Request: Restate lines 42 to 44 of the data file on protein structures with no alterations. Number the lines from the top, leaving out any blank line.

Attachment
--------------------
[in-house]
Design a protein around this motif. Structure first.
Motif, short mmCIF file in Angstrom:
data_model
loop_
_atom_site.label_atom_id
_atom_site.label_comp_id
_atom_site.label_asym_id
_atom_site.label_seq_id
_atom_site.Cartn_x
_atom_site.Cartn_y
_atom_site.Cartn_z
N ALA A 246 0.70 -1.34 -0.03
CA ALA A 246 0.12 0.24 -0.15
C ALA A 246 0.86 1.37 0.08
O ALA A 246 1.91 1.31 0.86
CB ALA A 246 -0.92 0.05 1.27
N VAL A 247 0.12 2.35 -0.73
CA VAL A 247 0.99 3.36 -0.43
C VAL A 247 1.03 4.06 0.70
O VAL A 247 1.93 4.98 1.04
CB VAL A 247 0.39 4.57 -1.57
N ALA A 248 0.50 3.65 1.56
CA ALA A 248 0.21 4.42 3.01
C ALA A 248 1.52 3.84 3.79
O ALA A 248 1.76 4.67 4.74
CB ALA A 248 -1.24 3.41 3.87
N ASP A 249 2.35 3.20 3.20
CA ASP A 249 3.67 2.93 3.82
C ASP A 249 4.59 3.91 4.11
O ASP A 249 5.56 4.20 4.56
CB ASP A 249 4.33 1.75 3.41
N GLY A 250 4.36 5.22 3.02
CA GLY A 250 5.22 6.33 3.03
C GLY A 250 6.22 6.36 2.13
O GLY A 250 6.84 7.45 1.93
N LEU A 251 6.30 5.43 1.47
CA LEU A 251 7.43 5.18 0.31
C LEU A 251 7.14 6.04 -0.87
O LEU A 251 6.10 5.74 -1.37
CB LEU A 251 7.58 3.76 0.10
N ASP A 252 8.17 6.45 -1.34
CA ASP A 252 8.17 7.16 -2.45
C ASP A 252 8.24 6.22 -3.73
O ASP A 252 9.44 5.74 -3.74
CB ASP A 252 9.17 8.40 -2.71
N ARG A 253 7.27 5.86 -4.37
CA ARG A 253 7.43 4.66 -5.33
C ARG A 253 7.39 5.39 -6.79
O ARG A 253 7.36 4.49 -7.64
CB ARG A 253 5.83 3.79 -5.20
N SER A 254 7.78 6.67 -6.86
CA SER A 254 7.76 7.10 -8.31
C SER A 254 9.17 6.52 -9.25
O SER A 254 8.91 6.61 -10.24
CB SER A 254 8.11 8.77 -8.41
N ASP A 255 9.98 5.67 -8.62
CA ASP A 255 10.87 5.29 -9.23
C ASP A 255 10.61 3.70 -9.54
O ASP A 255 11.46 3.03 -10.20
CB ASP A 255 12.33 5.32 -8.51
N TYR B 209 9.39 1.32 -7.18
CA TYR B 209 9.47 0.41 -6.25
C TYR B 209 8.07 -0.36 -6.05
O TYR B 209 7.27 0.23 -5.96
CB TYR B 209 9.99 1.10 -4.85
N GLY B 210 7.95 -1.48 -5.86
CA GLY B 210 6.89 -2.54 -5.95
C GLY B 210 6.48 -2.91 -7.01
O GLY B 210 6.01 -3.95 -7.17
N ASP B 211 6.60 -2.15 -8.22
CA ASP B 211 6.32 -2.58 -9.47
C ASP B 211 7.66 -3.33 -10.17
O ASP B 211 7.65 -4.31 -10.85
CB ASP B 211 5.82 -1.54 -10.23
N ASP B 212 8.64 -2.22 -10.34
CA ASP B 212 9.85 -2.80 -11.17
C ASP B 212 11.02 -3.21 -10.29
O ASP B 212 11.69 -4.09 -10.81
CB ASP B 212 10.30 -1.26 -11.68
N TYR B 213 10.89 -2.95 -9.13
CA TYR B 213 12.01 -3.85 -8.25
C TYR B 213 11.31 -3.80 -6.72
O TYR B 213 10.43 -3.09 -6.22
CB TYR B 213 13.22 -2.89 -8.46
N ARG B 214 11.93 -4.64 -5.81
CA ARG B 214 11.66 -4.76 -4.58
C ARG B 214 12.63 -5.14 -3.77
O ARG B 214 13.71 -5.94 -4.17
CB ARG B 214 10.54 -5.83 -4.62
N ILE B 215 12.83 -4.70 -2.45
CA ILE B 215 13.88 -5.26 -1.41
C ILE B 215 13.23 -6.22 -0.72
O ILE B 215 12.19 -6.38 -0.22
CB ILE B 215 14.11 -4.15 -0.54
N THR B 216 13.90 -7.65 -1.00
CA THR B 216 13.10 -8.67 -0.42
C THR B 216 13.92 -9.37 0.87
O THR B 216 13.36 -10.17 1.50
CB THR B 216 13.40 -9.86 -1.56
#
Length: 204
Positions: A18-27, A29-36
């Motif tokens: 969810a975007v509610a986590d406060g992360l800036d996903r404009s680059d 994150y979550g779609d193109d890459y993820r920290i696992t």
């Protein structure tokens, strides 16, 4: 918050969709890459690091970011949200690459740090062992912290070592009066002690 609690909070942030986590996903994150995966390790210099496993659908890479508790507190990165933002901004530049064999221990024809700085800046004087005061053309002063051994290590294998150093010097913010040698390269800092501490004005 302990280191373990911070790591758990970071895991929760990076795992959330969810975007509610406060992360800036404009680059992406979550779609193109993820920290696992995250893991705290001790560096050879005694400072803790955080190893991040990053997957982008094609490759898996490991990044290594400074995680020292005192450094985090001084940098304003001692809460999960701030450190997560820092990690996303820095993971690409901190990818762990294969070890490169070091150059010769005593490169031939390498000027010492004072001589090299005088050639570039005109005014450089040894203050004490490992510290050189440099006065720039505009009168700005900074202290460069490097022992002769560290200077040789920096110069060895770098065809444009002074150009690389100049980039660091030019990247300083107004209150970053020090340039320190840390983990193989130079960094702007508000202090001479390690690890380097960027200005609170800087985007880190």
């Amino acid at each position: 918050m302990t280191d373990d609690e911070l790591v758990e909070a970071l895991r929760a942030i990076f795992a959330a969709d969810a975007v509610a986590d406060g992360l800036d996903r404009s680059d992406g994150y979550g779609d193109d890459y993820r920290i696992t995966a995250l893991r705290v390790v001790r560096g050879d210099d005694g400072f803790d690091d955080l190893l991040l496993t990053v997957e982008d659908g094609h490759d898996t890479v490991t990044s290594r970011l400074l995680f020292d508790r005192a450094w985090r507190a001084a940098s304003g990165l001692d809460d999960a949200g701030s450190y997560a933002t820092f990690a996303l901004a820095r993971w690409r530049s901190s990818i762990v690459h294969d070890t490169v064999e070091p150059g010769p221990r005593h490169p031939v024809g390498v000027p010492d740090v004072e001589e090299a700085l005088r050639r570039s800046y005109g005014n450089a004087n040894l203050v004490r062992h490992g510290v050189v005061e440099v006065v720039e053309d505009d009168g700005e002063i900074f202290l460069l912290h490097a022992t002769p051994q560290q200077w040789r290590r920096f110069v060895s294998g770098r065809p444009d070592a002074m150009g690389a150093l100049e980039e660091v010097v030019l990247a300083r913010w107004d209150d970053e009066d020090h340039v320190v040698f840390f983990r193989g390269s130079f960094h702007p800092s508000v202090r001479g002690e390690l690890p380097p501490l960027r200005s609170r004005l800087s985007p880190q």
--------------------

N ASP A 252 8.17 6.45 -1.34
CA ASP A 252 8.17 7.16 -2.45
C ASP A 252 8.24 6.22 -3.73